Asessors face changes

Freelance assessors contracting with townships in Becker County will no longer be able to assess property owned by themselves or their immediate relatives, according to Becker County Chairwoman Karen Mulari.

Freelance assessors contracting with townships in Becker County will no longer be able to assess property owned by themselves or their immediate relatives, according to Becker County Chairwoman Karen Mulari.

"The assessor (Steve Skoog) and I talked about this nepotism that we're being accused of in this county," she told the County Board Tuesday. "We went through the list and the 58 parcels in question will be reassessed."

The change in policy appears to stem from charges leveled by the Becker County Taxpayers Association, which has long called for changes in the way property is assessed in the county.

Mulari told fellow commissioners that "relatives assessing relatives is not going to happen anymore. Some assessors were also assessing their own land. That is not going to happen anymore."

The change was spurred in part by a new code of ethics and conduct recently adopted by the state association of county assessors, Mulari said.


There are 12 assessors working Becker County, and they will assess property considered a conflict of interest for fellow assessors. Assessors will no longer determine the value -- and therefore the property taxes -- on land they own, or land owned by their parents or siblings. The policy will not apply to property owned by more distant relatives such as uncles and cousins, Mulari said.

"They should have excused themselves (from obvious cases of conflict of interest) before this code came in," she said. "Now they have to."

Commissioner Bob Bristlin asked what would happen if a new assessor finds more taxes should have been paid on those 58 parcels in past years.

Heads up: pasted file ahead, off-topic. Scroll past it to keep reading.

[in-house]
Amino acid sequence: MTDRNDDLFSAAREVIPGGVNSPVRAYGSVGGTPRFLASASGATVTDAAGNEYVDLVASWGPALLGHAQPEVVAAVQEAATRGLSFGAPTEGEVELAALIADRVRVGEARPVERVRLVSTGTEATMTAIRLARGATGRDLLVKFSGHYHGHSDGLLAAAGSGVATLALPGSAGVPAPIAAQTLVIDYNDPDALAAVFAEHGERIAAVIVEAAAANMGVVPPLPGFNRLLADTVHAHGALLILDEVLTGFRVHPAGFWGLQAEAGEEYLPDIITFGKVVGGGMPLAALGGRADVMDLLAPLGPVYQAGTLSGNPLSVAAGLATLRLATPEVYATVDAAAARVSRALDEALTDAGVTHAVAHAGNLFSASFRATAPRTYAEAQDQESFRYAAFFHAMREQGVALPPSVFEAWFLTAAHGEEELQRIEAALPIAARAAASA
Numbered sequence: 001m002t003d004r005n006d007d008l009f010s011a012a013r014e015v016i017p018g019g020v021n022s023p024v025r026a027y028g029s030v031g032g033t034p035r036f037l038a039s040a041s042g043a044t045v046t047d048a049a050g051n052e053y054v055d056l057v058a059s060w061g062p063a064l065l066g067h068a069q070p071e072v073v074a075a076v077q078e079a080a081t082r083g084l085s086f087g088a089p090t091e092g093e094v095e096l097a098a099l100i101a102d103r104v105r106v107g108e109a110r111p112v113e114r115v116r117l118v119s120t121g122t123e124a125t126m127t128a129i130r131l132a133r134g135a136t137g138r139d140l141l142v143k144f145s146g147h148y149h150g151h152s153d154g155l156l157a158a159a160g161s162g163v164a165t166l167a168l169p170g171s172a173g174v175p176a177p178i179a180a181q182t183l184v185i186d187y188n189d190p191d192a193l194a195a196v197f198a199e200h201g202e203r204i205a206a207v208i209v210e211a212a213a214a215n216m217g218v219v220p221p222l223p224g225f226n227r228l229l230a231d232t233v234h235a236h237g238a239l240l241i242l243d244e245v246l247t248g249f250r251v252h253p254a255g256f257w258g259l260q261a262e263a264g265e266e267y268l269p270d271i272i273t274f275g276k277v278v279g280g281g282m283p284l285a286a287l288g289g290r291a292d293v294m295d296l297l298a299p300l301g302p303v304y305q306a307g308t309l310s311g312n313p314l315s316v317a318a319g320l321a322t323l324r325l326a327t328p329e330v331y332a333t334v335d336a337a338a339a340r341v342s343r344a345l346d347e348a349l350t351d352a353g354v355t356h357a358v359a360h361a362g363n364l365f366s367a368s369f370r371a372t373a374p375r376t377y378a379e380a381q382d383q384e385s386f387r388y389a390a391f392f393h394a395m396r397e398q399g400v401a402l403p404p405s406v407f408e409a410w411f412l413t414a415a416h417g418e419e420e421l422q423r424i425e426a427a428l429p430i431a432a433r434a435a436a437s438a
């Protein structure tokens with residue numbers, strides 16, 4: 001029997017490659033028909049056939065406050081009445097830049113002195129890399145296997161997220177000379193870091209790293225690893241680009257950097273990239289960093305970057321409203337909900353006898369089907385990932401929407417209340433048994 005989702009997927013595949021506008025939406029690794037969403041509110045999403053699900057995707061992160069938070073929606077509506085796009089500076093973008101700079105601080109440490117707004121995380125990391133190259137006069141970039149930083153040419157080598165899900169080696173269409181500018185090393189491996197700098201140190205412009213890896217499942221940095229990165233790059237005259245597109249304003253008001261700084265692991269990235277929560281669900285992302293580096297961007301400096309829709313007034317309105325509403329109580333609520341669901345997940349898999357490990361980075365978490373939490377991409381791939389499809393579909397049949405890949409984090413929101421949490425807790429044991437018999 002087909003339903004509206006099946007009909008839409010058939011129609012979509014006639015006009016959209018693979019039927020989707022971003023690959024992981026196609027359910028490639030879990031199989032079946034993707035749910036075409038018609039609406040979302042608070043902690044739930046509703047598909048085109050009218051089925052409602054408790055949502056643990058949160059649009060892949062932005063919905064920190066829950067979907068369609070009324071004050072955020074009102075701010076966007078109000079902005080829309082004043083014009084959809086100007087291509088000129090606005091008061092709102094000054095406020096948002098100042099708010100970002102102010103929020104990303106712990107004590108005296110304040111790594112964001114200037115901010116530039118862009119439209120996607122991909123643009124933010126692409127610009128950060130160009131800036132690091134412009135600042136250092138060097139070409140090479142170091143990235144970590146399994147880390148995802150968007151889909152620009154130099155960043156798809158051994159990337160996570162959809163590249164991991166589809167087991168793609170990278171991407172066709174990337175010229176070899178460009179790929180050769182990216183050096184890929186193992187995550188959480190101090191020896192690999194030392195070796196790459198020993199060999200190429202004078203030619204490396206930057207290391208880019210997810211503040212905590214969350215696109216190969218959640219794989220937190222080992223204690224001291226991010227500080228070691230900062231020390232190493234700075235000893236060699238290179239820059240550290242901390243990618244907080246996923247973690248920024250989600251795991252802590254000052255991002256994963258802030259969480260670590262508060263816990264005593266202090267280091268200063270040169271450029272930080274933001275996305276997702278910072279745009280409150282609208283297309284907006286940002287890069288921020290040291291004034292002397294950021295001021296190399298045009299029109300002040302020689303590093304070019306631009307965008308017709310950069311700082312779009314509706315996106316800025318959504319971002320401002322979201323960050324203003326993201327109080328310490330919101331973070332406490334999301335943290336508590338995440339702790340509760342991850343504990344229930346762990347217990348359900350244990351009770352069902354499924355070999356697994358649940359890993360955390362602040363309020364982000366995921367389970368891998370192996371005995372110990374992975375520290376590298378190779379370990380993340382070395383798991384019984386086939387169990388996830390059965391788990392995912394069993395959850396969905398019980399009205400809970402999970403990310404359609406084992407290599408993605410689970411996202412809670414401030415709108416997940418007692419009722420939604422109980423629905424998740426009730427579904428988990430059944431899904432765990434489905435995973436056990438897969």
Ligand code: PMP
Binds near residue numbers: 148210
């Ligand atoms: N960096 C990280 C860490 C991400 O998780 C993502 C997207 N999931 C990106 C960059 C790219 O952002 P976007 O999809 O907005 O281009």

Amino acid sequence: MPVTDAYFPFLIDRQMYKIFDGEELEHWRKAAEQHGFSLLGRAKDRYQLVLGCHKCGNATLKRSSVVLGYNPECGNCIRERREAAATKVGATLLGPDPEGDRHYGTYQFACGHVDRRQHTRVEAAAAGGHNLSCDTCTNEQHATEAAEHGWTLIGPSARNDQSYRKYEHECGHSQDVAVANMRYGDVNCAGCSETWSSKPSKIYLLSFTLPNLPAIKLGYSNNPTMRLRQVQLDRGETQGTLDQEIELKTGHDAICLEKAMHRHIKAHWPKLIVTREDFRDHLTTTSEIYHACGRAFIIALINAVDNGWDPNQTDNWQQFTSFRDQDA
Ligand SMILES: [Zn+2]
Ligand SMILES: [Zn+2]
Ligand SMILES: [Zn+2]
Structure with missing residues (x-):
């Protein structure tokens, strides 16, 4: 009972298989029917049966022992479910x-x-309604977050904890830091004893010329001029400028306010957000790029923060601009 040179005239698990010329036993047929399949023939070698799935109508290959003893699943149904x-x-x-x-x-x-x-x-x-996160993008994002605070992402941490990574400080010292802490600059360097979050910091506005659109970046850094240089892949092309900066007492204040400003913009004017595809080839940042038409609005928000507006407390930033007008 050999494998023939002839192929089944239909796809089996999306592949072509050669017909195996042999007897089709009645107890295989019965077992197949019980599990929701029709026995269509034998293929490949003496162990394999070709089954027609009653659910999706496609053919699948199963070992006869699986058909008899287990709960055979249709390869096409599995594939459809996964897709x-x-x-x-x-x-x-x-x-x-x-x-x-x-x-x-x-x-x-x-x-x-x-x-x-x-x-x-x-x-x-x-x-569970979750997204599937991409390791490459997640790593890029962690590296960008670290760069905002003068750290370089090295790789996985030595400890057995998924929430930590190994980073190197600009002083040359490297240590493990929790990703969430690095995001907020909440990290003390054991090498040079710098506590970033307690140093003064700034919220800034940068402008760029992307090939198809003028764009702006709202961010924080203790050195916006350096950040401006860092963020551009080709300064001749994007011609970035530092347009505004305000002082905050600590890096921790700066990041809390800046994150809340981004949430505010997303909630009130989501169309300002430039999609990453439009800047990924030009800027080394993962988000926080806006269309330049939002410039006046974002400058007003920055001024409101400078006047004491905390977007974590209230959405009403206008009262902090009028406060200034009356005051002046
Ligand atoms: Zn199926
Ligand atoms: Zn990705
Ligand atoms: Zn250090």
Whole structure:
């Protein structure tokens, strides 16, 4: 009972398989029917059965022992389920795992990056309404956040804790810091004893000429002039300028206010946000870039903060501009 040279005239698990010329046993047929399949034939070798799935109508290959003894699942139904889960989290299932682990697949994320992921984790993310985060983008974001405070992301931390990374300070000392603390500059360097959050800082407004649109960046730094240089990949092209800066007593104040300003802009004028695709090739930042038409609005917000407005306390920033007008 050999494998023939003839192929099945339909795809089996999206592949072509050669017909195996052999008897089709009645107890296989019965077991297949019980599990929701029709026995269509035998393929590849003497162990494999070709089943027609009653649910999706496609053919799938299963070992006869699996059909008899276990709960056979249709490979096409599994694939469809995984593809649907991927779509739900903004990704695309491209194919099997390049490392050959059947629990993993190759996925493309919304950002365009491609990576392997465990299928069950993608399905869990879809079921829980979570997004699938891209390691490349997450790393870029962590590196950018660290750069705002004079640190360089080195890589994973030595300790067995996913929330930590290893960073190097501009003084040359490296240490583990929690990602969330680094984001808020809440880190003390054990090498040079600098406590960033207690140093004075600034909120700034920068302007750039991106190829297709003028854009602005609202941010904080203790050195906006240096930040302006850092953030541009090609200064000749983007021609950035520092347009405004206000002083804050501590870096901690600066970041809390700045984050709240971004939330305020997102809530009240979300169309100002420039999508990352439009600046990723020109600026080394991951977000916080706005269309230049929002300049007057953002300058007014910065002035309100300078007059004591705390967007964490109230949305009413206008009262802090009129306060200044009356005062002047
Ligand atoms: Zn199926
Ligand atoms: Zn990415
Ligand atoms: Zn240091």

"We're not going to do back taxes," Mulari said. "Most were probably harder on themselves." She said she talked to one woman who was relieved a relative would no longer be assessing her property, since she believed it was valued on the high side.

The new policy will go into effect this year, Mulari said. It applies to land owned by an assessor's spouse, parent, son or daughter by blood or marriage. An assessor also cannot establish a value on property owned by himself or with which he has a financial interest.

Commissioners also:

n Supported a landowner petition to clarify the name of a lake in Lake Park Township. "Bijou Lake" will eventually be granted official recognition by the state and federal governments.

The name "Bijou" which is French for "a jewel" has been associated with the lake since at least 1900, according to the petition by landowners.


But the lake has long been called by several names. It is called "Bescau" in a 1928 version of the Gazetteer of Meandered Lakes of Minnesota, and is named "Beseau" in the 1968 version of An Inventory of Minnesota Lakes by the DNR, with "Bijou" listed as an alternate name, according to information compiled by Kent Lokkesmoe, director of the DNR Waters department.

A public hearing on Tuesday brought no objection to the name clarification, so Lokkesmoe will now forward the new lake name to the federal government for mapping and naming purposes, a process that takes about six months, according to Jay Carlson, who represented petitioners before the county board.

n Talked about overlay work on county roads 143 and 124. Bristlin reported that the White Earth Band may not be able to make a contribution as planned for the road work.

Commissioner Barry Nelson castigated the U.S. Fish and Wildlife Service for holding the county and state to stringent environmental rules on a quarter-mile stretch of Highway 224 that is being rebuilt between Ogema and White Earth village.

Instead of reaching an informal, common sense agreement with the county, the federal agency is insisting on following the letter of the law, which will needlessly cost the state thousands of dollars, Nelson said.

Nelson said the county is hoping to negotiate a more favorable management fee with Acumen, which manages Sunnyside Nursing Home for the county. He also reappointed Dan Aune of Lake Park to the EDA Board, and appointed Monique Anderson to the Extension Committee.

n Heard from the Becker Soil and Water Conservation Board, which agreed to perform weed inspection duties for the remainder of the year for about $15,500, which is the amount budgeted by the county for the job. The duties will be done by existing staff.

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